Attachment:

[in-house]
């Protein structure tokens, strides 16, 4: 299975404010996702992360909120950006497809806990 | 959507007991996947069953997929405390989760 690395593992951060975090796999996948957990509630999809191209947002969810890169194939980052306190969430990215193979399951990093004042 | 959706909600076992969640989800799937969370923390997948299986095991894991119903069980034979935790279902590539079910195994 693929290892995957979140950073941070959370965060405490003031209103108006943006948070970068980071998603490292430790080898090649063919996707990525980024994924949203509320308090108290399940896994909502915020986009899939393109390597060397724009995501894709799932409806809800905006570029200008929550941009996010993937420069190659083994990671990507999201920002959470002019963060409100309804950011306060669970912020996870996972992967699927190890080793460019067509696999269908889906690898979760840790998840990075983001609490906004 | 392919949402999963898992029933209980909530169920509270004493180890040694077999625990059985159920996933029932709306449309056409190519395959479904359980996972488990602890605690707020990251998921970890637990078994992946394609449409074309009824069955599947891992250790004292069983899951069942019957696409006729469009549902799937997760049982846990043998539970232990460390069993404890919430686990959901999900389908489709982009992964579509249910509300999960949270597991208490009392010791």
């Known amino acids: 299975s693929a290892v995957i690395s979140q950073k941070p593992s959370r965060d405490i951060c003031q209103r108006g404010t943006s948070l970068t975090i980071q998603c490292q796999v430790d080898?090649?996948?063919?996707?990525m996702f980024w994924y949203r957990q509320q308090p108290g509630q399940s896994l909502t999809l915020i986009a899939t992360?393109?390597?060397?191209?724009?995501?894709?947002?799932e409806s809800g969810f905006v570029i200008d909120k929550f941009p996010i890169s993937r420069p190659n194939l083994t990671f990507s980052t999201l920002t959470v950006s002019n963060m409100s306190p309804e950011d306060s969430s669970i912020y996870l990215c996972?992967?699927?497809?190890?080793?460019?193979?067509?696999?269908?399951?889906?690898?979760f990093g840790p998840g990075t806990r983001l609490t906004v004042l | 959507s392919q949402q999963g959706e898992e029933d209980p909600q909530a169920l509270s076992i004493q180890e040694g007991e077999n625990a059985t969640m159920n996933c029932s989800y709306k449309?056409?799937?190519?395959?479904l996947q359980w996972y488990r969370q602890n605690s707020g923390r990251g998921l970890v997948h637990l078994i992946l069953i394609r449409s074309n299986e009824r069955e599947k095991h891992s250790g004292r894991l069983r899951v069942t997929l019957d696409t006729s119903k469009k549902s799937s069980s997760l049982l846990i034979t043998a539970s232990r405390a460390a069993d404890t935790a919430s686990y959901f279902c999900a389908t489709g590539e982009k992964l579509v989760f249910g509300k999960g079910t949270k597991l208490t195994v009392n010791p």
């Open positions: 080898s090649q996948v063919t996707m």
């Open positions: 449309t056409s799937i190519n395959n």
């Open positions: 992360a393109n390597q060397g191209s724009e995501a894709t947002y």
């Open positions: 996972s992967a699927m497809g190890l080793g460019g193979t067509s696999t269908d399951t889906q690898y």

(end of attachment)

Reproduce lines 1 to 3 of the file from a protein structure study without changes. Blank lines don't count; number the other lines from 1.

[in-house]
């Protein structure tokens, strides 16, 4: 299975404010996702992360909120950006497809806990 | 959507007991996947069953997929405390989760 690395593992951060975090796999996948957990509630999809191209947002969810890169194939980052306190969430990215193979399951990093004042 | 959706909600076992969640989800799937969370923390997948299986095991894991119903069980034979935790279902590539079910195994 693929290892995957979140950073941070959370965060405490003031209103108006943006948070970068980071998603490292430790080898090649063919996707990525980024994924949203509320308090108290399940896994909502915020986009899939393109390597060397724009995501894709799932409806809800905006570029200008929550941009996010993937420069190659083994990671990507999201920002959470002019963060409100309804950011306060669970912020996870996972992967699927190890080793460019067509696999269908889906690898979760840790998840990075983001609490906004 | 392919949402999963898992029933209980909530169920509270004493180890040694077999625990059985159920996933029932709306449309056409190519395959479904359980996972488990602890605690707020990251998921970890637990078994992946394609449409074309009824069955599947891992250790004292069983899951069942019957696409006729469009549902799937997760049982846990043998539970232990460390069993404890919430686990959901999900389908489709982009992964579509249910509300999960949270597991208490009392010791």
């Known amino acids: 299975s693929a290892v995957i690395s979140q950073k941070p593992s959370r965060d405490i951060c003031q209103r108006g404010t943006s948070l970068t975090i980071q998603c490292q796999v430790d080898?090649?996948?063919?996707?990525m996702f980024w994924y949203r957990q509320q308090p108290g509630q399940s896994l909502t999809l915020i986009a899939t992360?393109?390597?060397?191209?724009?995501?894709?947002?799932e409806s809800g969810f905006v570029i200008d909120k929550f941009p996010i890169s993937r420069p190659n194939l083994t990671f990507s980052t999201l920002t959470v950006s002019n963060m409100s306190p309804e950011d306060s969430s669970i912020y996870l990215c996972?992967?699927?497809?190890?080793?460019?193979?067509?696999?269908?399951?889906?690898?979760f990093g840790p998840g990075t806990r983001l609490t906004v004042l | 959507s392919q949402q999963g959706e898992e029933d209980p909600q909530a169920l509270s076992i004493q180890e040694g007991e077999n625990a059985t969640m159920n996933c029932s989800y709306k449309?056409?799937?190519?395959?479904l996947q359980w996972y488990r969370q602890n605690s707020g923390r990251g998921l970890v997948h637990l078994i992946l069953i394609r449409s074309n299986e009824r069955e599947k095991h891992s250790g004292r894991l069983r899951v069942t997929l019957d696409t006729s119903k469009k549902s799937s069980s997760l049982l846990i034979t043998a539970s232990r405390a460390a069993d404890t935790a919430s686990y959901f279902c999900a389908t489709g590539e982009k992964l579509v989760f249910g509300k999960g079910t949270k597991l208490t195994v009392n010791p």